AFORDable Futures LLC provided Earth Economics with initial analyses using the RAV tool and continues to be a project collaborator with Earth Economics.  Currently, we are developing work in support of flood control, tribal lands, and other environmental/natural resources management issues primarily in the Pacific Northwest.



The Wild Salmon Center is the only international conservation organization working to protect wild Pacific salmon throughout their entire range. We partner with governments, local communities, and businesses to create a network of healthy salmon ecosystems across the North Pacific. Our work is based on the best available science and our conservation solutions support sustainable economies, regional cultures, and the great rivers of the Pacific Rim.
The mission of the Wild Salmon Center is to identify, understand and protect the best wild salmon ecosystems of the Pacific Rim. We devise and implement practical strategies, based on the best science, to protect forever these extraordinary places and their biodiversity.

Roel Boumans provided RAV analyses for restoration work in Kamchatka's Kol River system.



The Wilderness Society's mission is to protect wilderness and inspire Americans to care for our wild places. The Wilderness Society is the leading American conservation organization working to protect our nation’s public lands, the 635 million acres collectively owned by the American people and managed by our government. From well-known icons to hidden gems, these lands provide us all with clean air and water; abundant wildlife; havens for recreation, learning, and solitude; and a foundation for a healthy planet. They are also important sources of renewable energy and vital natural resources that must be managed wisely.





CIVILand is a junior research group, which is engaged in payments for environmental and cultural landscape services also called Payments for Ecosystem Services (PES) in the context of civil society initiatives.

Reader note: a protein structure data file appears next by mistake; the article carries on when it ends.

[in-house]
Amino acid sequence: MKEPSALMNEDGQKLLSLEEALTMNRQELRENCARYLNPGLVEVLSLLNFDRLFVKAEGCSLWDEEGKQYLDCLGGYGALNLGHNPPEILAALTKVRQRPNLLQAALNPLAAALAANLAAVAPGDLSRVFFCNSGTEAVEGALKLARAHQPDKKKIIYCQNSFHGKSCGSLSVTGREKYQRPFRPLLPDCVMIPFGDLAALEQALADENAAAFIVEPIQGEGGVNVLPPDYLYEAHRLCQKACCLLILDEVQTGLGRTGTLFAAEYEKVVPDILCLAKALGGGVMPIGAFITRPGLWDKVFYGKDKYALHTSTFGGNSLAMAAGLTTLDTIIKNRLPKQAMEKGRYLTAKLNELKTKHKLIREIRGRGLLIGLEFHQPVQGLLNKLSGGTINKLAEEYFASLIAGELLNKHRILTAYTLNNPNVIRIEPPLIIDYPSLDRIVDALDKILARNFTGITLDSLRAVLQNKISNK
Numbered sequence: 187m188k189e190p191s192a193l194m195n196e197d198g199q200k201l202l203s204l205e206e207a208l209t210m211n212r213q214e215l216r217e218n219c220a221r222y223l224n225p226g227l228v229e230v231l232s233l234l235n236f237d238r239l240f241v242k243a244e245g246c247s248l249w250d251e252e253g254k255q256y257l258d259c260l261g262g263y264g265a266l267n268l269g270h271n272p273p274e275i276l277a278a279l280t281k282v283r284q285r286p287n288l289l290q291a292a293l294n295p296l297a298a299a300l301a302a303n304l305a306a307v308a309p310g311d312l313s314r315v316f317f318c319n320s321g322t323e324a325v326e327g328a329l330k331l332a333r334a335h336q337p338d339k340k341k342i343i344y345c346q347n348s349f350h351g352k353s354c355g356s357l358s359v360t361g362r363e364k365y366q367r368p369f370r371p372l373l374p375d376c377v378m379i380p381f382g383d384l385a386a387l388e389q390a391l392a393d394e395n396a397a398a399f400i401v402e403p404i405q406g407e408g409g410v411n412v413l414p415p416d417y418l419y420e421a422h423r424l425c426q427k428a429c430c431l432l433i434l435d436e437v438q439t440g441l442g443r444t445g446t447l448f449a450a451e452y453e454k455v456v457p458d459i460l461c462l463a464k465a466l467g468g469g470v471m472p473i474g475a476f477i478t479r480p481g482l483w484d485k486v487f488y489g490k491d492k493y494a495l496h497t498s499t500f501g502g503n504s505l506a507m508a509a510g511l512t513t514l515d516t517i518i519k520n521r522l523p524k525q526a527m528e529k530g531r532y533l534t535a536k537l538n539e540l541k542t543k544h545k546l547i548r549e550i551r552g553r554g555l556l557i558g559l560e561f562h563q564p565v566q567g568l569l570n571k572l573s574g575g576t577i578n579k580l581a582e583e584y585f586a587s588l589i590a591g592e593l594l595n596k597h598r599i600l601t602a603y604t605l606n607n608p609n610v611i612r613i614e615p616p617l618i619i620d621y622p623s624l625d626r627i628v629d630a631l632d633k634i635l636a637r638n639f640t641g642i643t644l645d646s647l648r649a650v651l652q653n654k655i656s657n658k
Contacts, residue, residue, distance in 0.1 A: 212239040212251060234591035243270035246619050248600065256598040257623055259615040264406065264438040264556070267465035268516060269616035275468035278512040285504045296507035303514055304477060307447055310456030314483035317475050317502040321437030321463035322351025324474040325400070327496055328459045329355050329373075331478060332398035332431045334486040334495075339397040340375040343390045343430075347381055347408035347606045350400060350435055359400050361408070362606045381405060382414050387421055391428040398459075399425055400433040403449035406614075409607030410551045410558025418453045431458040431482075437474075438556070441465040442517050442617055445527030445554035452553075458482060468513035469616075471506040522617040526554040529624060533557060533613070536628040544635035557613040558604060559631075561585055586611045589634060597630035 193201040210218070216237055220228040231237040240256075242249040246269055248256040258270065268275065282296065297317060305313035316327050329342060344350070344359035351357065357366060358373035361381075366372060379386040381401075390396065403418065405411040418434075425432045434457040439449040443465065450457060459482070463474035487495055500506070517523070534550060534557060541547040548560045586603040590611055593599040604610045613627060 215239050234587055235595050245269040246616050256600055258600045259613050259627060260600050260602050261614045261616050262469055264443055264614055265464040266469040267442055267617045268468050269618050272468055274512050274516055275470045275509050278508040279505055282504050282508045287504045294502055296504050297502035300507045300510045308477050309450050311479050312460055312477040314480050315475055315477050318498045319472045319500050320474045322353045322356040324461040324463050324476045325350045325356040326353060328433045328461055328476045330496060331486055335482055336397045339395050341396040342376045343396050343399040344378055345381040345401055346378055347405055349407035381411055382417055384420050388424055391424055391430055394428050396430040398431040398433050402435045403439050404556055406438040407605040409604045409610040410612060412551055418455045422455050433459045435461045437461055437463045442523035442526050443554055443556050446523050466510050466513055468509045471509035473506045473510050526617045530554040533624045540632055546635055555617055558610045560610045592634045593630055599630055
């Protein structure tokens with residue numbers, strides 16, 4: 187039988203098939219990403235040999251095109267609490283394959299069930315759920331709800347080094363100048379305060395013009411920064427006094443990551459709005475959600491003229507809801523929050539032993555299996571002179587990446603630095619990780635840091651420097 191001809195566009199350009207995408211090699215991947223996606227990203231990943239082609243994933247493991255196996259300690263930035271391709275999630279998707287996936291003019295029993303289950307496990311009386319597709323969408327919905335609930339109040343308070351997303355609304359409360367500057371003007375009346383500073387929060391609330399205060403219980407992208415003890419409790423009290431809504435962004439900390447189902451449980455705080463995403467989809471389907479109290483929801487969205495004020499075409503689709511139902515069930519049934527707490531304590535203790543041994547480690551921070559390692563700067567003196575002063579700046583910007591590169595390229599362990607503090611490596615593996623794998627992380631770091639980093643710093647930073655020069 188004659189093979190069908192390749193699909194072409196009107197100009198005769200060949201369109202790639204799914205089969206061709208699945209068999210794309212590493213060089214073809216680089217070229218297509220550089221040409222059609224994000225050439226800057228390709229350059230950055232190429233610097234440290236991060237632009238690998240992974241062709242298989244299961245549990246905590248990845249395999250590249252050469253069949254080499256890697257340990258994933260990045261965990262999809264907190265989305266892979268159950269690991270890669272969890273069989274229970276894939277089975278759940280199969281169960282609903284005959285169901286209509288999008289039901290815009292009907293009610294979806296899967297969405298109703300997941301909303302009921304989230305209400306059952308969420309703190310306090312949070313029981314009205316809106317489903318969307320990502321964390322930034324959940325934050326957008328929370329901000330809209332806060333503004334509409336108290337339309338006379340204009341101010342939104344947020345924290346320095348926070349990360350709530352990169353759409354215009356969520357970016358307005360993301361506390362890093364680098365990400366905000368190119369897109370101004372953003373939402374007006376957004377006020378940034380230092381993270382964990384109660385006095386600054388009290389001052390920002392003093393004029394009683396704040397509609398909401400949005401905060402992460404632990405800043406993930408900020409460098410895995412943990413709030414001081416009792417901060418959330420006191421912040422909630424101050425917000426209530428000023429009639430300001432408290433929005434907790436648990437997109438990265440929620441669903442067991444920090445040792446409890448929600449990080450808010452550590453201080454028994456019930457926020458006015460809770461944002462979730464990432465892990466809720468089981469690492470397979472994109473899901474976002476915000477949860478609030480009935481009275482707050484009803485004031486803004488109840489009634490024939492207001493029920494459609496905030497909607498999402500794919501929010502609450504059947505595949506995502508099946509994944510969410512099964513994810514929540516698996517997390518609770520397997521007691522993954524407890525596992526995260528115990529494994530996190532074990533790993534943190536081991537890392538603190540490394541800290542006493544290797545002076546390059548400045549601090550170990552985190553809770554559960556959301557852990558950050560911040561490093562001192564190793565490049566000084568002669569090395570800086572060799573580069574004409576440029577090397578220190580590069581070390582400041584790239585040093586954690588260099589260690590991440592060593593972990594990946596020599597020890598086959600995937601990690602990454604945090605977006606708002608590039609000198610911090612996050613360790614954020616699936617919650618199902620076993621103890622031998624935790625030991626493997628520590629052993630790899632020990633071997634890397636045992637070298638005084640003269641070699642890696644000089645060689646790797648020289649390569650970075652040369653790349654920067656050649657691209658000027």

Through their work, CIVILand hopes to raise a new perspective in the current international discussion on the PES. The junior research group will conduct empirical studies in Germany, Great Britain and the US.

The research group is based at the Leibniz-Centre for Agricultural Landscape Research (ZALF) and will conduct research in cooperation with various partners in Germany and the US. The Federal Ministry for Education and Research (BMBF) funds this junior research group through the research program “Social-ecological Research” (SÖF).




The Gund Institute is a transdisciplinary research, teaching, and service organization focused on developing integrative solutions to society's most pressing problems. W e conduct integrative research and service-learning projects on a broad range of topics, offer hands-on learning through our problem-solving workshops and courses, develop online teaching resources and international collaborations through metacourses, and support professional and graduate education through our Graduate Certificates in Ecological Economics and Ecological Design.